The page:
The Origins of Totalitarianism

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This work has been selected by scholars as being culturally important and is part of the knowledge base of civilization as we know it. This work is in the public domain in the United States of America, and possibly other nations. Within the United States, you may freely copy and distribute this work, as no entity (individual or corporate) has a copyright on the body of the work. Scholars believe, and we concur, that this work is important enough to be preserved, reproduced, and made generally available to the public. To ...

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Ruth C

Jun 28, 2012

classic

This class needs no recommendation: it is essential reading for all who care about the future of democracy.

dogear

Oct 30, 2009

highly recommended

I would recommend this in particular because of the connection it draws between the violence of the Hitler and Stalin eras to the violence of the imperial and colonial eras that came earlier. A book on the same topic I would also recommend is Discourse of Colonialism by Aime Cesaire. Arendt also has an interesting reading of Proust that made me look at his work in a different light.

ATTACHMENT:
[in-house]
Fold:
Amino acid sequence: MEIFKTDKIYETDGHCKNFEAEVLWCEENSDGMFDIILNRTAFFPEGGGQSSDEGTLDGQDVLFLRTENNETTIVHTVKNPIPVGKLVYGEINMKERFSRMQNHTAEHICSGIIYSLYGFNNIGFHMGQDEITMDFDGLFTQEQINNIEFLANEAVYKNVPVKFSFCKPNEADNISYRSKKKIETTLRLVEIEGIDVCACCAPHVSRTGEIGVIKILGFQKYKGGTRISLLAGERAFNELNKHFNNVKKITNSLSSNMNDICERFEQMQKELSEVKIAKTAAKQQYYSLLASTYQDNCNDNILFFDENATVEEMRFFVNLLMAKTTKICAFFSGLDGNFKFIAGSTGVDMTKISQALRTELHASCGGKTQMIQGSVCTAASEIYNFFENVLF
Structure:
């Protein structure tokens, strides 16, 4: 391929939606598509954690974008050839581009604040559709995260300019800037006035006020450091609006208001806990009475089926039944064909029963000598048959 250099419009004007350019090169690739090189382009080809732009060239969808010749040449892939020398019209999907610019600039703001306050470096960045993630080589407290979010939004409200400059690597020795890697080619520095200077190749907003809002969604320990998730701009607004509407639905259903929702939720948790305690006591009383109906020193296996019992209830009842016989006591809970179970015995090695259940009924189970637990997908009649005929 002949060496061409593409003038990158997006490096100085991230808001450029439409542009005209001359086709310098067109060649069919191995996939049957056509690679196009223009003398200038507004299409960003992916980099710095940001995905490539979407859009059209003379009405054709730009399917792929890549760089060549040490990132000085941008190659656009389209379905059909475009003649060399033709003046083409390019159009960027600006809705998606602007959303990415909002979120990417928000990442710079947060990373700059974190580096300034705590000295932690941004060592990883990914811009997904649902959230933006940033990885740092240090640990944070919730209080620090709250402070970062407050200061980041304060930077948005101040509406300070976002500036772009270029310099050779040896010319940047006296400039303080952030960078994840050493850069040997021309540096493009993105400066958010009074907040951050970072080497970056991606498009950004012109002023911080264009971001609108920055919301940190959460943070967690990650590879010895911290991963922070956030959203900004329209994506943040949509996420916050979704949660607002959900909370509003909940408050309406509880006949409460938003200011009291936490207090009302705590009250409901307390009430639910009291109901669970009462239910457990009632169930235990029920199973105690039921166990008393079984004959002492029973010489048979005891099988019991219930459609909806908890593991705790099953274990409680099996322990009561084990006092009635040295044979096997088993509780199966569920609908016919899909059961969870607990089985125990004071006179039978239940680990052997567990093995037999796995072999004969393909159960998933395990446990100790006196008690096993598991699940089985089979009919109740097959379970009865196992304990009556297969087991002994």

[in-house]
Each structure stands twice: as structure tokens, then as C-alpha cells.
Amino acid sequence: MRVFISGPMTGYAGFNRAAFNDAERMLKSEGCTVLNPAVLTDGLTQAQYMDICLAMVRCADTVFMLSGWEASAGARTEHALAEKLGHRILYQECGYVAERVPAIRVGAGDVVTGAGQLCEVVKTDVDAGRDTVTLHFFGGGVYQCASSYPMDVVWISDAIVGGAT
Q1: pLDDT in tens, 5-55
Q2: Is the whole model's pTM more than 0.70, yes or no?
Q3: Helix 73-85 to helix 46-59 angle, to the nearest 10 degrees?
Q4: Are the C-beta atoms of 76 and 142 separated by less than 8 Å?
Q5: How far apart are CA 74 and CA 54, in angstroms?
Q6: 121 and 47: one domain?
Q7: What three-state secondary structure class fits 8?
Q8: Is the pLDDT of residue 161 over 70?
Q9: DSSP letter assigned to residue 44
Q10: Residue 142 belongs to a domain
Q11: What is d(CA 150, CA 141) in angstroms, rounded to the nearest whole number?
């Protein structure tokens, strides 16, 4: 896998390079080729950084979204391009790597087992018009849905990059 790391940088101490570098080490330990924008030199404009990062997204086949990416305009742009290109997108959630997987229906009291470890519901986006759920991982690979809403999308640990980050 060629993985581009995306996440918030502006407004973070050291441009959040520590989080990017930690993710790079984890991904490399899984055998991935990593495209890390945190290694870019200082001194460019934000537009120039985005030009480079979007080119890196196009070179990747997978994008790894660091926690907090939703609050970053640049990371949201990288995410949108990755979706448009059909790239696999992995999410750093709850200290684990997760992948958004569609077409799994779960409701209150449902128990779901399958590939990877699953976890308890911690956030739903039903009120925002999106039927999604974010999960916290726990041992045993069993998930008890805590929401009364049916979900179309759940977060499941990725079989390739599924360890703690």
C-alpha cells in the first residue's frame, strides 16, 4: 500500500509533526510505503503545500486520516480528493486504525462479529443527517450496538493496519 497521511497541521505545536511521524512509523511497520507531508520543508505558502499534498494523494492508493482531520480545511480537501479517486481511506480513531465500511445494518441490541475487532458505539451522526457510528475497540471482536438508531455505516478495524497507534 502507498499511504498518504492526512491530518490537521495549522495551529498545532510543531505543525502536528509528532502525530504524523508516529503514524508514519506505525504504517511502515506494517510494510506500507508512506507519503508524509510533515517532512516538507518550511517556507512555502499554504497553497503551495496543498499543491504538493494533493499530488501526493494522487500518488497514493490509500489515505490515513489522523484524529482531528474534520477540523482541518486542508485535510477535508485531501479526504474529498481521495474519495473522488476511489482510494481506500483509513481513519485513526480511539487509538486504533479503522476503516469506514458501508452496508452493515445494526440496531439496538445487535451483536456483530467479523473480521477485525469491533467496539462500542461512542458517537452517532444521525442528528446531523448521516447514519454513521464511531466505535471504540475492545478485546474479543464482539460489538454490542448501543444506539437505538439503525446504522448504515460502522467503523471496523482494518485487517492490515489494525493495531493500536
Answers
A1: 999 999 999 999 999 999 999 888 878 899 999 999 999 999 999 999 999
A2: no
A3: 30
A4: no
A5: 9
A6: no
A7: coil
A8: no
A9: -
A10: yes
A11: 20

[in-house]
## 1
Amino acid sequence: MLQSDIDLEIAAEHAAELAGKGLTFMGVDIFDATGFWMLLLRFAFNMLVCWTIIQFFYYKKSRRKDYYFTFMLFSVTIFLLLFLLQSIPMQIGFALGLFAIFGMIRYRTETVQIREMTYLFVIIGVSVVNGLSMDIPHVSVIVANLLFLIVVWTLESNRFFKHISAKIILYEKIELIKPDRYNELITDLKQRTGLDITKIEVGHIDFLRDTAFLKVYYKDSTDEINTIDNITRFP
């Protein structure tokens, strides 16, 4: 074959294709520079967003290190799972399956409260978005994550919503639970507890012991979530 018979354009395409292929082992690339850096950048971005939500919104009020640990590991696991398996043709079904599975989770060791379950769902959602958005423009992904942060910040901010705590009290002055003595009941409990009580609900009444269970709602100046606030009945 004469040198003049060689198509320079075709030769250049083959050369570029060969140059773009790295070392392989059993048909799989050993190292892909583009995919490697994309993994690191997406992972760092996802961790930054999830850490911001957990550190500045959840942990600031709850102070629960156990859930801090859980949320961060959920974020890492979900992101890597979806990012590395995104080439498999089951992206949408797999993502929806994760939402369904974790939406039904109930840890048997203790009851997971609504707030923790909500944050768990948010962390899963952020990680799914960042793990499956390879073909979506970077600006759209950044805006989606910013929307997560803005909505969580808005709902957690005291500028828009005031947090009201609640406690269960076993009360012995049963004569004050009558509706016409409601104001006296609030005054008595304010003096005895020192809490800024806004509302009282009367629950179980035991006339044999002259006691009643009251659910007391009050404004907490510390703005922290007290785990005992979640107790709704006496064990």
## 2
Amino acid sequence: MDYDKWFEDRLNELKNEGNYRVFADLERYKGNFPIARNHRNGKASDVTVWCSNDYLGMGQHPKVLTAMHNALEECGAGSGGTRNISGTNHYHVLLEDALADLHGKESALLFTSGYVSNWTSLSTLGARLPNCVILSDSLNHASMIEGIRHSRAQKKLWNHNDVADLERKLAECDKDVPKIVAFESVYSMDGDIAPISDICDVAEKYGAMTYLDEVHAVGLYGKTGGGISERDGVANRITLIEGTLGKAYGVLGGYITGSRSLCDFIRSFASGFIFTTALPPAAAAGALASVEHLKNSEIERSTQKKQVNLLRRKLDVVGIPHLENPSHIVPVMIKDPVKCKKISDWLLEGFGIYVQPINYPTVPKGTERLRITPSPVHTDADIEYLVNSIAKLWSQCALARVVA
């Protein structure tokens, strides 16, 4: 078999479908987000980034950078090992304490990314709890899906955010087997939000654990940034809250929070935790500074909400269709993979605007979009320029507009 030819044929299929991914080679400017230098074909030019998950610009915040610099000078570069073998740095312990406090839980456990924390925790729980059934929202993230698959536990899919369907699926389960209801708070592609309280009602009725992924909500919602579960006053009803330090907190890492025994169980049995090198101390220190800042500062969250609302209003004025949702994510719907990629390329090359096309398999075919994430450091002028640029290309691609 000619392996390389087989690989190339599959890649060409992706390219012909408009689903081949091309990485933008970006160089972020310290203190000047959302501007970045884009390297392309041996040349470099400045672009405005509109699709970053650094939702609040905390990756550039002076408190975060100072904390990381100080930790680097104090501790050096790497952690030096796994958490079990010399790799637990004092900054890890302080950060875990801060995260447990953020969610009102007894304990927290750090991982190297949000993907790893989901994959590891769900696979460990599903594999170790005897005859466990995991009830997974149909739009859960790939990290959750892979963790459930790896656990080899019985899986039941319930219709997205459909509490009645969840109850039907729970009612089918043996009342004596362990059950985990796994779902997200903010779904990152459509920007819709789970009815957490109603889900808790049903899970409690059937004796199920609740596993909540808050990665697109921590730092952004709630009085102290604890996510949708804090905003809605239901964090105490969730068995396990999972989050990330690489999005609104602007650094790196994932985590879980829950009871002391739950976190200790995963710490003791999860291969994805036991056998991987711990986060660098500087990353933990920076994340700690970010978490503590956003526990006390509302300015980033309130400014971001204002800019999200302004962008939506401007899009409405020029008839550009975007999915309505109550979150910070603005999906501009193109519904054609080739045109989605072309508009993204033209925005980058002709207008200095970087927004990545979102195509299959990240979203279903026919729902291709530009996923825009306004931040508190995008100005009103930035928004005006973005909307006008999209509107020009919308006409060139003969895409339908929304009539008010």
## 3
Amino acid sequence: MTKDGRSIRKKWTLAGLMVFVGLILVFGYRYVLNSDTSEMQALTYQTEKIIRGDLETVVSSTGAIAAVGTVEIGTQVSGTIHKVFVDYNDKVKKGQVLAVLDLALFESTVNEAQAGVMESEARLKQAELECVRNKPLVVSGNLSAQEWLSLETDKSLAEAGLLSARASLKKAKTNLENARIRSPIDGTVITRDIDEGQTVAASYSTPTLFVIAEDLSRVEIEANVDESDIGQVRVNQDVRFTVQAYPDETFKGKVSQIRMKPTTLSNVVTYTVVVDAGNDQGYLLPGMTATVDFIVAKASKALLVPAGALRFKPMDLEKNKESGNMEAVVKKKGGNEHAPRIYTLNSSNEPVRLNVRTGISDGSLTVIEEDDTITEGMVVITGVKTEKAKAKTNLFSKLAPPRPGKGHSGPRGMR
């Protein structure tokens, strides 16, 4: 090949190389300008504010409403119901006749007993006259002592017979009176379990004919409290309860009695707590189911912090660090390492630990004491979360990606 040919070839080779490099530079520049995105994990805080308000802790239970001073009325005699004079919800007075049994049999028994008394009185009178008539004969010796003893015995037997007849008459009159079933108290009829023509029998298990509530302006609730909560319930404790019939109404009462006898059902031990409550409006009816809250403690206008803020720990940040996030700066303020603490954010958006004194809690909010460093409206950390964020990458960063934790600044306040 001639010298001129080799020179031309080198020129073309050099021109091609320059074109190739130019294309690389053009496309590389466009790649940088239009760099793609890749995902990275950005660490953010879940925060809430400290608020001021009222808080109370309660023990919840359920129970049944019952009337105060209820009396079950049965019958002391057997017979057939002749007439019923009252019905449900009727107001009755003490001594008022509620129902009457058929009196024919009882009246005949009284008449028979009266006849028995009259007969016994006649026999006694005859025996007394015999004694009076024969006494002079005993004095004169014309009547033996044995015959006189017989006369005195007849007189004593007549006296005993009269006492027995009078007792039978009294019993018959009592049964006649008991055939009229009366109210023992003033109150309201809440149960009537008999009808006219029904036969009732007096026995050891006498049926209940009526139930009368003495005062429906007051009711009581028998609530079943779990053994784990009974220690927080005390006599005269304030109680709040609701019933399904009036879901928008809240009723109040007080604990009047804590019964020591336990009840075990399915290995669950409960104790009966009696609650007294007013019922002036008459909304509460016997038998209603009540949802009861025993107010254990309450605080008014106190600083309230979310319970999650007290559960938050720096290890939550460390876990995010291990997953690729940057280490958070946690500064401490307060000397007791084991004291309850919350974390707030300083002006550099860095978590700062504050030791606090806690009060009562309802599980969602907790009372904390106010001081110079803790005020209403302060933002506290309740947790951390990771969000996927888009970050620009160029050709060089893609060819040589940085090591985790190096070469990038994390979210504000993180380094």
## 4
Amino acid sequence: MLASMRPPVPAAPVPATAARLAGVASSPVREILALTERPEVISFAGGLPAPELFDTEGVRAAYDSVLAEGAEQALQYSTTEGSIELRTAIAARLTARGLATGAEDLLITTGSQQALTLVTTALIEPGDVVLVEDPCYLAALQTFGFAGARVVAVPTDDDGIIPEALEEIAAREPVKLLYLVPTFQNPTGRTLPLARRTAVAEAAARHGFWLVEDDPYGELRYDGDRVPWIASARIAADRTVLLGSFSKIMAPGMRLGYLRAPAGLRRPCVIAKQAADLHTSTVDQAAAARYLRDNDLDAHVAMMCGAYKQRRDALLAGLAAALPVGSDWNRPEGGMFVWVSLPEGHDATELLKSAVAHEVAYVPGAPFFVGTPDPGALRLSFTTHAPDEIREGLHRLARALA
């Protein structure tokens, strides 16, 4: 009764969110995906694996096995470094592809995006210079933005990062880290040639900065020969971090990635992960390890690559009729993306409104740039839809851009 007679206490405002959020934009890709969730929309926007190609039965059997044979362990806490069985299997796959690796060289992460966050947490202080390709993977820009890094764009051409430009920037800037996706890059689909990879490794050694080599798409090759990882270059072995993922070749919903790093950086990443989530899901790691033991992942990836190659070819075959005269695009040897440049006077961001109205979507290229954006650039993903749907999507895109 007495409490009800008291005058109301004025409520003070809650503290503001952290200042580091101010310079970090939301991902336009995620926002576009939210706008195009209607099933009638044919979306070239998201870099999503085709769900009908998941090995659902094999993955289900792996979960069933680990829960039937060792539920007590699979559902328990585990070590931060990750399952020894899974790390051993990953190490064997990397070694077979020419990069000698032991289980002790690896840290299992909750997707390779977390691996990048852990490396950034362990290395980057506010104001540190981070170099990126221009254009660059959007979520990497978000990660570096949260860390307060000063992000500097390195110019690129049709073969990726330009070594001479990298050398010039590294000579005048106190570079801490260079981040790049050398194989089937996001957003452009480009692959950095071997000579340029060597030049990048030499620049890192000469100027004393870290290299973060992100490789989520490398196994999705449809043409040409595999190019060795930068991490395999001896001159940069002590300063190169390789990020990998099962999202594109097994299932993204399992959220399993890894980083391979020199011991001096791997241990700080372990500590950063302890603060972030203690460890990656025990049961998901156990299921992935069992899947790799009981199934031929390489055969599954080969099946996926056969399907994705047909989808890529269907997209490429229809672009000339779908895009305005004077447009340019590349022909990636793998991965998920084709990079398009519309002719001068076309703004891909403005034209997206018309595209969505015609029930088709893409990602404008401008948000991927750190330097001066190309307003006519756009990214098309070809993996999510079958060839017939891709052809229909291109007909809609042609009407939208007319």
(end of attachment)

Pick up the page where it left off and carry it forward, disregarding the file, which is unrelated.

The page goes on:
friend

Jul 6, 2007

very appropiate

it explains exactly what the headline promises. I couldn't lay the book aside until the last chapter. I found it so interesting. I am 80 years old and lived most part of the 20th century, but young people should read it, to understand what happened then in Europe and what is happining now on other continents as well.

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